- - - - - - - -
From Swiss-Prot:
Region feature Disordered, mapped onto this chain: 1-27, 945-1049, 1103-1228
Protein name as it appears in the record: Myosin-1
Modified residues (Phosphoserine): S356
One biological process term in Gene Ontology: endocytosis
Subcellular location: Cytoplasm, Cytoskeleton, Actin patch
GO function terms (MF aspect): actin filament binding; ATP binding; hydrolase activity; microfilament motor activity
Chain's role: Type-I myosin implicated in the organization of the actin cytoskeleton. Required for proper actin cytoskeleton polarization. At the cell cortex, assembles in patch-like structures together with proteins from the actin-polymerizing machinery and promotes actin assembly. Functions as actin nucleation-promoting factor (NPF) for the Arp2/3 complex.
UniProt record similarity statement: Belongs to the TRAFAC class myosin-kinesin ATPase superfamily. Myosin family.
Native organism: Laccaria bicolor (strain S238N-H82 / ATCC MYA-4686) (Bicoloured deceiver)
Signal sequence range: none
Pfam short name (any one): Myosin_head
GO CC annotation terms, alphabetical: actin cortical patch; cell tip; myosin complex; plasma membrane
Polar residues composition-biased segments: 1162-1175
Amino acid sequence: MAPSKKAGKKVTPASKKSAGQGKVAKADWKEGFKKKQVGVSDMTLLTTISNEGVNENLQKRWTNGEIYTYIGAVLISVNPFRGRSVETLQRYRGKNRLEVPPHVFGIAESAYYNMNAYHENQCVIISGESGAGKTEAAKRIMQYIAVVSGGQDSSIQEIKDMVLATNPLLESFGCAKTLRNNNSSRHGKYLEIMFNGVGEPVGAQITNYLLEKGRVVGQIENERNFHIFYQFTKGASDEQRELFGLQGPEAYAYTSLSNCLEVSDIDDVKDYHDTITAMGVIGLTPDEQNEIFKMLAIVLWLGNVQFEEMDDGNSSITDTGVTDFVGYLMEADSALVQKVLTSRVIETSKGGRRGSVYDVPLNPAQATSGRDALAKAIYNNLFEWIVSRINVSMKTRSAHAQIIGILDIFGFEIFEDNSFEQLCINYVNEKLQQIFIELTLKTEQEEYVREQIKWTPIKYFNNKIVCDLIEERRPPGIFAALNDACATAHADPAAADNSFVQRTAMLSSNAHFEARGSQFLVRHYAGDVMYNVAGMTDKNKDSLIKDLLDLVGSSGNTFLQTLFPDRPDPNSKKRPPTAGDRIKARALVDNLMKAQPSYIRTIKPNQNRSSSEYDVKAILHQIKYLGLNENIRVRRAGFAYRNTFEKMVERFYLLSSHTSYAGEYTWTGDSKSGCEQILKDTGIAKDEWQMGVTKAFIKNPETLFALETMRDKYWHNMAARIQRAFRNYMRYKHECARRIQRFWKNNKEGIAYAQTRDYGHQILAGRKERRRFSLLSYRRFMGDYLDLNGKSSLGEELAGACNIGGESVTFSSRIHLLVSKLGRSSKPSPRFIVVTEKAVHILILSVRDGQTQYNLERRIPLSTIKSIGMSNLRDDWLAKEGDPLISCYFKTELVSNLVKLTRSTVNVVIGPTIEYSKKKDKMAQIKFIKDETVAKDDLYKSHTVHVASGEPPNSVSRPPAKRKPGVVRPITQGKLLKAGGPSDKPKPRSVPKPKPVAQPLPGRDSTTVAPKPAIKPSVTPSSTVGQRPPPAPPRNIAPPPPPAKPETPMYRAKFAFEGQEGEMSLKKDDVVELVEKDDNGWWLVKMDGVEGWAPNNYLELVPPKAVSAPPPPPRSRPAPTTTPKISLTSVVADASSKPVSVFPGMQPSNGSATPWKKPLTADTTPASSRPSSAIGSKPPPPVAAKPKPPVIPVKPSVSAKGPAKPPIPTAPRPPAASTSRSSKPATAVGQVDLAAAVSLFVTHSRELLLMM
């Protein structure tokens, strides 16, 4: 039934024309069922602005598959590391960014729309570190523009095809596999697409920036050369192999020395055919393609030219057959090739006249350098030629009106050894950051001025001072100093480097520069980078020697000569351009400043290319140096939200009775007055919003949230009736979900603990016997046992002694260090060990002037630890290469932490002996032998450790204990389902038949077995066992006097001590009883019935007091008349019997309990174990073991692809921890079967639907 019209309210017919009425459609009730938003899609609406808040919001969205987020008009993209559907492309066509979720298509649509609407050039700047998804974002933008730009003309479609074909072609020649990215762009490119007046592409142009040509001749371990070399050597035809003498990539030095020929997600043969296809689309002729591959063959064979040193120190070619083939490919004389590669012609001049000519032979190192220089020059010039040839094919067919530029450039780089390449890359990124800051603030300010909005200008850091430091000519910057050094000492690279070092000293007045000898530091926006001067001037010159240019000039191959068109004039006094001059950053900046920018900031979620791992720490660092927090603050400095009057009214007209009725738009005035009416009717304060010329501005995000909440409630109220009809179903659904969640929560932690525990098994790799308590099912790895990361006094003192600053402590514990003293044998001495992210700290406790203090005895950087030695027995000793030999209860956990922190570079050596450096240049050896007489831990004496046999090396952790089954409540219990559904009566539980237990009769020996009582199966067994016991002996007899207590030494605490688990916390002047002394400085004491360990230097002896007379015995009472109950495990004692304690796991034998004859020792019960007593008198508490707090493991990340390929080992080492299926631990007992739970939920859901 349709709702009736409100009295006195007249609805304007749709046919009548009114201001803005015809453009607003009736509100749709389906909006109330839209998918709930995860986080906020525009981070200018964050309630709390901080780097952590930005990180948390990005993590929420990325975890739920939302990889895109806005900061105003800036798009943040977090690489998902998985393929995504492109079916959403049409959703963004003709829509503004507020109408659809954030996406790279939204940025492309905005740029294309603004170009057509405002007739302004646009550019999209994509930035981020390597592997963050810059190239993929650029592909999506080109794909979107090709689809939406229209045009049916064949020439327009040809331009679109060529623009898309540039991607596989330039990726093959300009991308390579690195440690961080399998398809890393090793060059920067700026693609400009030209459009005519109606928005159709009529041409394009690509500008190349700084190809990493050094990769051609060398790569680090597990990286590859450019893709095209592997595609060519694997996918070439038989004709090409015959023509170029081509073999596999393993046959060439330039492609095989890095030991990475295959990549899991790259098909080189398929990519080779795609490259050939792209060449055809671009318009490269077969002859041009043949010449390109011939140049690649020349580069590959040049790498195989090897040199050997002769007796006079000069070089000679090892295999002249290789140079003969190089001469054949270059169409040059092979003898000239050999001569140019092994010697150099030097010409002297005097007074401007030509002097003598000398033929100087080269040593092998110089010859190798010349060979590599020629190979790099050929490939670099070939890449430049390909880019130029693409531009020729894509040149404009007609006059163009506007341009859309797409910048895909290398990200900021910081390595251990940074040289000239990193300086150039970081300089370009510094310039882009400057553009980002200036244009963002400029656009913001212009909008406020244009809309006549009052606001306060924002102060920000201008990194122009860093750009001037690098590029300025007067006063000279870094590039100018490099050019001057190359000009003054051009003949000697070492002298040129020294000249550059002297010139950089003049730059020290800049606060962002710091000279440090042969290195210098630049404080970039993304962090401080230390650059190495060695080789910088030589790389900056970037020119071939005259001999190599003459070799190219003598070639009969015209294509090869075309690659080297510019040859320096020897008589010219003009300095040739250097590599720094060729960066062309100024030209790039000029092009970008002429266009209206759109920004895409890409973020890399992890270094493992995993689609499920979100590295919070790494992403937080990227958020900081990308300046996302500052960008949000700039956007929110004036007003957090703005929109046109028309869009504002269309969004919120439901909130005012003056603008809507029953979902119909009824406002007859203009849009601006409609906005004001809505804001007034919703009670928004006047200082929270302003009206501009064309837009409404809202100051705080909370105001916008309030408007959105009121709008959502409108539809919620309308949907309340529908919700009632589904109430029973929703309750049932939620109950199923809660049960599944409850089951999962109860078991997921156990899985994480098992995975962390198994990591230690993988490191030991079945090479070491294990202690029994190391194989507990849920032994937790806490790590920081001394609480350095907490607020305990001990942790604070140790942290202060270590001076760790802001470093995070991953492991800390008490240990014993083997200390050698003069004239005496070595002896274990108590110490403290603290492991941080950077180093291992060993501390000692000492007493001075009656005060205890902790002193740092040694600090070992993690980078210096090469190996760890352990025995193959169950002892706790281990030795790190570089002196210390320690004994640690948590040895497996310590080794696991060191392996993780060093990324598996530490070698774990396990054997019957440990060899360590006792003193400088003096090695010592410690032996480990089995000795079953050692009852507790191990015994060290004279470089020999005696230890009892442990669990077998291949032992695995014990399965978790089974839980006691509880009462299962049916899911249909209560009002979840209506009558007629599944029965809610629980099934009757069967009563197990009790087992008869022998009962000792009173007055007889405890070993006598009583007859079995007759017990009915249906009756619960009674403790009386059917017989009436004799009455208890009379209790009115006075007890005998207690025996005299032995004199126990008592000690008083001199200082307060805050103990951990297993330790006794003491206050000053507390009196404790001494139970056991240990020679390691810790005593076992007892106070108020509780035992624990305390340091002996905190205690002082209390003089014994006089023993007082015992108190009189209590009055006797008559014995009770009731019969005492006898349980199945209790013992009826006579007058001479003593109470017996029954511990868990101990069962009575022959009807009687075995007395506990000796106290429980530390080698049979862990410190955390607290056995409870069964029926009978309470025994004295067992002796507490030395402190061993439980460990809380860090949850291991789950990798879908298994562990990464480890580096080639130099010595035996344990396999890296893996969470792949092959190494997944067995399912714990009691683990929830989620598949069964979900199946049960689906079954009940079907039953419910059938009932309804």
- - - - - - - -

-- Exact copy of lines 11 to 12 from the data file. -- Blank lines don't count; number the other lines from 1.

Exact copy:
Signal sequence range: none
Pfam short name (any one): Myosin_head